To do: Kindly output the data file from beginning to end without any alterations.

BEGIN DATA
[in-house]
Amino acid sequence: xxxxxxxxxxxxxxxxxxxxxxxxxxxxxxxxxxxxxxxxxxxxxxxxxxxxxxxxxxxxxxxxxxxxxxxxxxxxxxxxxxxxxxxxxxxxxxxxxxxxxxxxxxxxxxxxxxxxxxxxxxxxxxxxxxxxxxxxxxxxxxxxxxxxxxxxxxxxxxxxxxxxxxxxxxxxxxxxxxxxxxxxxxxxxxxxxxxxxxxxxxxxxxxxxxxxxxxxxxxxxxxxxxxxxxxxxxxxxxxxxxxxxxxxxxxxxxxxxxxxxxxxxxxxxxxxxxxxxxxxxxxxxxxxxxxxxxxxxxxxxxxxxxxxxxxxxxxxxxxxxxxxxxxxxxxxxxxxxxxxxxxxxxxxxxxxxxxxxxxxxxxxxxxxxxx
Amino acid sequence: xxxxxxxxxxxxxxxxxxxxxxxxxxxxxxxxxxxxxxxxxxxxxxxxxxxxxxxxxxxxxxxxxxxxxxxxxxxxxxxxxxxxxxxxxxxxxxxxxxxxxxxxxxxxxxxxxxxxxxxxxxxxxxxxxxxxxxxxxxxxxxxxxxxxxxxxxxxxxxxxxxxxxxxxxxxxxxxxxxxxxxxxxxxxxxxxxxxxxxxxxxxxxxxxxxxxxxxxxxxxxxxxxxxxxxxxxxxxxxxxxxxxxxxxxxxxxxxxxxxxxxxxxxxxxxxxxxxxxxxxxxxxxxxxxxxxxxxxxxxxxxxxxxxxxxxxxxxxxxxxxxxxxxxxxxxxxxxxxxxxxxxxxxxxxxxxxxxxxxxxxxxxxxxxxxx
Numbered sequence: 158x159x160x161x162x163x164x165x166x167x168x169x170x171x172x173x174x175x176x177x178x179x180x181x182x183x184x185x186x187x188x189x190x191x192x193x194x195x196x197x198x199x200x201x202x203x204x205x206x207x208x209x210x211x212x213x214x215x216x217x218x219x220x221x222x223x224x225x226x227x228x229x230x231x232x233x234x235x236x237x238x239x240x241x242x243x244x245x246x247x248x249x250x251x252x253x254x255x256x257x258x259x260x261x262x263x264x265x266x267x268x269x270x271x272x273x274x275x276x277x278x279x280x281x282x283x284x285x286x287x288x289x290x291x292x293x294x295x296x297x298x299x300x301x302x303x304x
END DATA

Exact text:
[in-house]
Amino acid sequence: xxxxxxxxxxxxxxxxxxxxxxxxxxxxxxxxxxxxxxxxxxxxxxxxxxxxxxxxxxxxxxxxxxxxxxxxxxxxxxxxxxxxxxxxxxxxxxxxxxxxxxxxxxxxxxxxxxxxxxxxxxxxxxxxxxxxxxxxxxxxxxxxxxxxxxxxxxxxxxxxxxxxxxxxxxxxxxxxxxxxxxxxxxxxxxxxxxxxxxxxxxxxxxxxxxxxxxxxxxxxxxxxxxxxxxxxxxxxxxxxxxxxxxxxxxxxxxxxxxxxxxxxxxxxxxxxxxxxxxxxxxxxxxxxxxxxxxxxxxxxxxxxxxxxxxxxxxxxxxxxxxxxxxxxxxxxxxxxxxxxxxxxxxxxxxxxxxxxxxxxxxxxxxxxxxx
Amino acid sequence: xxxxxxxxxxxxxxxxxxxxxxxxxxxxxxxxxxxxxxxxxxxxxxxxxxxxxxxxxxxxxxxxxxxxxxxxxxxxxxxxxxxxxxxxxxxxxxxxxxxxxxxxxxxxxxxxxxxxxxxxxxxxxxxxxxxxxxxxxxxxxxxxxxxxxxxxxxxxxxxxxxxxxxxxxxxxxxxxxxxxxxxxxxxxxxxxxxxxxxxxxxxxxxxxxxxxxxxxxxxxxxxxxxxxxxxxxxxxxxxxxxxxxxxxxxxxxxxxxxxxxxxxxxxxxxxxxxxxxxxxxxxxxxxxxxxxxxxxxxxxxxxxxxxxxxxxxxxxxxxxxxxxxxxxxxxxxxxxxxxxxxxxxxxxxxxxxxxxxxxxxxxxxxxxxxx
Numbered sequence: 158x159x160x161x162x163x164x165x166x167x168x169x170x171x172x173x174x175x176x177x178x179x180x181x182x183x184x185x186x187x188x189x190x191x192x193x194x195x196x197x198x199x200x201x202x203x204x205x206x207x208x209x210x211x212x213x214x215x216x217x218x219x220x221x222x223x224x225x226x227x228x229x230x231x232x233x234x235x236x237x238x239x240x241x242x243x244x245x246x247x248x249x250x251x252x253x254x255x256x257x258x259x260x261x262x263x264x265x266x267x268x269x270x271x272x273x274x275x276x277x278x279x280x281x282x283x284x285x286x287x288x289x290x291x292x293x294x295x296x297x298x299x300x301x302x303x304x